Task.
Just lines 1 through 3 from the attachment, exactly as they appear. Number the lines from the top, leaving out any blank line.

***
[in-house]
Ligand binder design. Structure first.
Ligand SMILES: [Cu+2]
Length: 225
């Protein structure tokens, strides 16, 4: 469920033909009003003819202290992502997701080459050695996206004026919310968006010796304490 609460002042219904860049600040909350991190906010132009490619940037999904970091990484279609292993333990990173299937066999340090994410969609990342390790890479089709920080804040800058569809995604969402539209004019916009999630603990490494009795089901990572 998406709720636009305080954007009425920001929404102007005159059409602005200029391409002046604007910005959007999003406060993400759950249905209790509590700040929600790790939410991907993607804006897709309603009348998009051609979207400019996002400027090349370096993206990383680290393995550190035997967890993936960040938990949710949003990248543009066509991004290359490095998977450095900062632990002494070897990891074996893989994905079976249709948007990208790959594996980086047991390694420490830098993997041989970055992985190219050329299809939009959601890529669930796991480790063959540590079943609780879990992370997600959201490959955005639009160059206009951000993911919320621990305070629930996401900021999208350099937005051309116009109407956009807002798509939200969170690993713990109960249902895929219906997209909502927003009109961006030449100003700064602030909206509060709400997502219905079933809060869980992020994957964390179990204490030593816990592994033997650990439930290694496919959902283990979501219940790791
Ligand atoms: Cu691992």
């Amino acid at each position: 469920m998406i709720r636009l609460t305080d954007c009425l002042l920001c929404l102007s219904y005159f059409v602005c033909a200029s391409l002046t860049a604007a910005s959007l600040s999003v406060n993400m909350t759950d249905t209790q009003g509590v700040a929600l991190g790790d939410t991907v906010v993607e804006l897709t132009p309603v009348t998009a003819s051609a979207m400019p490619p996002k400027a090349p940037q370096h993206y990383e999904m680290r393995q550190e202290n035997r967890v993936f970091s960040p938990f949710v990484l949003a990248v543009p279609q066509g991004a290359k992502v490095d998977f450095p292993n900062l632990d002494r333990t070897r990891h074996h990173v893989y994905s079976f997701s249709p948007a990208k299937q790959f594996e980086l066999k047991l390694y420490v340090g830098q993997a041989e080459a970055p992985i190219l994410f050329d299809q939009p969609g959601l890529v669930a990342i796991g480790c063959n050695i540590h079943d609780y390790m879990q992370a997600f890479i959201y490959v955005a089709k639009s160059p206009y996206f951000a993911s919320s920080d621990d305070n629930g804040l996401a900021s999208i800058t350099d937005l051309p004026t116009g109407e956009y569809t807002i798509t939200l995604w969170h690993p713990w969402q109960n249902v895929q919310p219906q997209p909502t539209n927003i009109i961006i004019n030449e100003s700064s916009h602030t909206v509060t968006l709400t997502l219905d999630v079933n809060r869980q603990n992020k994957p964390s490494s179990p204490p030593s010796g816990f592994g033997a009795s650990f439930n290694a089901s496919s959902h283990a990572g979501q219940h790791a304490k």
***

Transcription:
[in-house]
Ligand binder design. Structure first.
Ligand SMILES: [Cu+2]